How to find environmentally friendly wood
Some lumber is not eco-friendly; the trick is to find sustainable forests and other alternatives.
Thu, Aug 12, 2010 at 04:59 PM
Some define all-wood products as green because they are more natural than petroleum-based plastics. It's not that simple. Buying environmentally unfriendly wood can accelerate global climate change, threaten watersheds and other resources and waste energy.
Instead, find sustainable wood from forests that are growing faster than they are being harvested. Also look for solid alternatives, locally sourced wood and reclaimed lumber.
Sustain healthy forests
In general, choose fast-growth species instead of endangered, old-growth wood. But it's not as simple as choosing pine over teak. It's more important to know the source of your wood.
Forests sustain biodiversity, clean air and fresh water. They also slow global climate change by soaking up carbon dioxide. If properly managed, almost any type of forest can thrive and regenerate while also providing lumber, paper and other products. However, the same forests can also be clear-cut for some quick income and profitable alternative uses.
The Forest Stewardship Council logo is the best and easiest way to make sure your wood is from properly managed forests that are growing back as fast as they are being thinned. The respected group works in nearly 80 countries, certifying logging operations that maintain healthy forests and indigenous communities.
Build with grass
Another option avoids wood altogether. Bamboo, which is technically a grass, has received plenty of attention as a sustainable, versatile and strong alternative to wood. It grows about four times as quickly as most softwood trees. However, it also must be sustainably sourced. The FSC doesn't certify bamboo forests. Instead, visit the International Network for Bamboo and Rattan for more information on finding sustainably sourced bamboo.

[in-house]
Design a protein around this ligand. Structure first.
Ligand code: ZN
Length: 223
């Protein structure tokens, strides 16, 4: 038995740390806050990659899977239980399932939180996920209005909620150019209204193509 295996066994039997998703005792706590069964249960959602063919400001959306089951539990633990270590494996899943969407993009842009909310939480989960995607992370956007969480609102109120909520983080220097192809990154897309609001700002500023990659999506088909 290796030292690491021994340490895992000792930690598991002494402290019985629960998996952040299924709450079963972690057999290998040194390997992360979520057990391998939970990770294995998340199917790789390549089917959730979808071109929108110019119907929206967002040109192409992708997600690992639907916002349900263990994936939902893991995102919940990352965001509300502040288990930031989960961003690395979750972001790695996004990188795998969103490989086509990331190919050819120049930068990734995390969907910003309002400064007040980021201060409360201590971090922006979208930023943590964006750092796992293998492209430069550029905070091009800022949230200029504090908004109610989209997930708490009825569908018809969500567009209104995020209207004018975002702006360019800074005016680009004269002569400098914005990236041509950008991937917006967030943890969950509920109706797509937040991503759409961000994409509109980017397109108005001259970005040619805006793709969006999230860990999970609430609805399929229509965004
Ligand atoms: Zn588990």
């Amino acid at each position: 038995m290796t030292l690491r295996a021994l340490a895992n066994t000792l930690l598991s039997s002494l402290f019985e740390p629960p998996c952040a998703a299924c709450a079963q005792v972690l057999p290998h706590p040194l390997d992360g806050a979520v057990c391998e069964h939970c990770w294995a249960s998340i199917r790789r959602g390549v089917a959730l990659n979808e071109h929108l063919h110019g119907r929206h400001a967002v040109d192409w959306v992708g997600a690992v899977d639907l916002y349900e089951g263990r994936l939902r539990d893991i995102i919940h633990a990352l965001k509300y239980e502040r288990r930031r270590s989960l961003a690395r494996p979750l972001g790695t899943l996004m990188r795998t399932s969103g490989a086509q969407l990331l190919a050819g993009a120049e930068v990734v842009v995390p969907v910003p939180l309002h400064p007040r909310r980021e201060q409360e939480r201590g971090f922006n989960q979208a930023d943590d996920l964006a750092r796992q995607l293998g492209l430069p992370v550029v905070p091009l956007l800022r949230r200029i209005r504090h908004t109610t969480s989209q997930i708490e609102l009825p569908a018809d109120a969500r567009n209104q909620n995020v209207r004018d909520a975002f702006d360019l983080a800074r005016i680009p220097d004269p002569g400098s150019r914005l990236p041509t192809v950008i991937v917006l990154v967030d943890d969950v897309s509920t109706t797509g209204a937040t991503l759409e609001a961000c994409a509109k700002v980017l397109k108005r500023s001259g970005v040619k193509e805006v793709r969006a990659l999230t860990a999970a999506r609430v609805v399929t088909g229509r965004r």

Reducing transport energy
One problem with bamboo, however, is that shipping flooring and other bamboo products from its Asian sources requires plenty of energy. Another option is to look for wood building supplies and other products on the Sustainable Woods Network website. The group helps consumers find locally sourced wood in 12 American states. The products cut transport energy while also supporting local economies. Many of the suppliers are involved in old-growth forest restoration projects that help improve, rather than simply maintain, forested lands.
Finally, the best way to use old-growth hardwoods is to reuse the lumber. Reclaimed and salvaged wood is gaining popularity as homeowners look for sustainable options and a unique look. Take care when using salvaged wood. The imperfections of an old barn wall or wine cask add character and an antique aesthetic to the salvaged wood, but they also add problems. Salvaged wood may split easily and can have difficulty retaining fasteners.
Find local salvaged or recycled wood in your state at the Building Materials Reuse Association.
Just because wood is natural doesn't make it sustainable. Consider the species, source and use of the wood. Find products approved by the Forest Stewardship Council and the Sustainable Woods Network, and seek out salvaged wood and wood alternatives.
Related stories on MNN: Sustainable forestry: A timeline